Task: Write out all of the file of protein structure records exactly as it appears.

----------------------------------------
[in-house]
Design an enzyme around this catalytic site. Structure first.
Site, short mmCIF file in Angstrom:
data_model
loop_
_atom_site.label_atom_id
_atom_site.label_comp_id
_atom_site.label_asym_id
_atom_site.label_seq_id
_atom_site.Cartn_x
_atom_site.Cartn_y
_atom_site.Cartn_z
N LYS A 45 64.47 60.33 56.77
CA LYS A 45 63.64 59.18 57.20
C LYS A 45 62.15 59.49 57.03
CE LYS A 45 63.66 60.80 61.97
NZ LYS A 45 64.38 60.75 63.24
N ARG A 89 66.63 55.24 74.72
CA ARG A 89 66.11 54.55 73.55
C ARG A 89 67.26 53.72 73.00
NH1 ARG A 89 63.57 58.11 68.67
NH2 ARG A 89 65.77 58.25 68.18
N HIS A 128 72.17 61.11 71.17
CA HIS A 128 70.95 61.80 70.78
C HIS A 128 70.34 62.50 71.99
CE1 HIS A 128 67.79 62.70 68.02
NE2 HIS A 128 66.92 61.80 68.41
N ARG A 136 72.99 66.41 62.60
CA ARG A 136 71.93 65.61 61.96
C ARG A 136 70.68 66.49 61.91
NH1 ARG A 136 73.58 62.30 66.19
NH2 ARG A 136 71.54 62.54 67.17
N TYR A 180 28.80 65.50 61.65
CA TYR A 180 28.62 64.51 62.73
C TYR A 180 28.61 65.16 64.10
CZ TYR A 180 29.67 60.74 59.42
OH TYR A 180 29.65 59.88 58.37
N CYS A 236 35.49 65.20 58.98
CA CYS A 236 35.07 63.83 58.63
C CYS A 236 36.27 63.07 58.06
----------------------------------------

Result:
[in-house]
Design an enzyme around this catalytic site. Structure first.
Site, short mmCIF file in Angstrom:
data_model
loop_
_atom_site.label_atom_id
_atom_site.label_comp_id
_atom_site.label_asym_id
_atom_site.label_seq_id
_atom_site.Cartn_x
_atom_site.Cartn_y
_atom_site.Cartn_z
N LYS A 45 64.47 60.33 56.77
CA LYS A 45 63.64 59.18 57.20
C LYS A 45 62.15 59.49 57.03
CE LYS A 45 63.66 60.80 61.97
NZ LYS A 45 64.38 60.75 63.24
N ARG A 89 66.63 55.24 74.72
CA ARG A 89 66.11 54.55 73.55
C ARG A 89 67.26 53.72 73.00
NH1 ARG A 89 63.57 58.11 68.67
NH2 ARG A 89 65.77 58.25 68.18
N HIS A 128 72.17 61.11 71.17
CA HIS A 128 70.95 61.80 70.78
C HIS A 128 70.34 62.50 71.99
CE1 HIS A 128 67.79 62.70 68.02
NE2 HIS A 128 66.92 61.80 68.41
N ARG A 136 72.99 66.41 62.60
CA ARG A 136 71.93 65.61 61.96
C ARG A 136 70.68 66.49 61.91
NH1 ARG A 136 73.58 62.30 66.19
NH2 ARG A 136 71.54 62.54 67.17
N TYR A 180 28.80 65.50 61.65
CA TYR A 180 28.62 64.51 62.73
C TYR A 180 28.61 65.16 64.10
CZ TYR A 180 29.67 60.74 59.42
OH TYR A 180 29.65 59.88 58.37
N CYS A 236 35.49 65.20 58.98
CA CYS A 236 35.07 63.83 58.63
C CYS A 236 36.27 63.07 58.06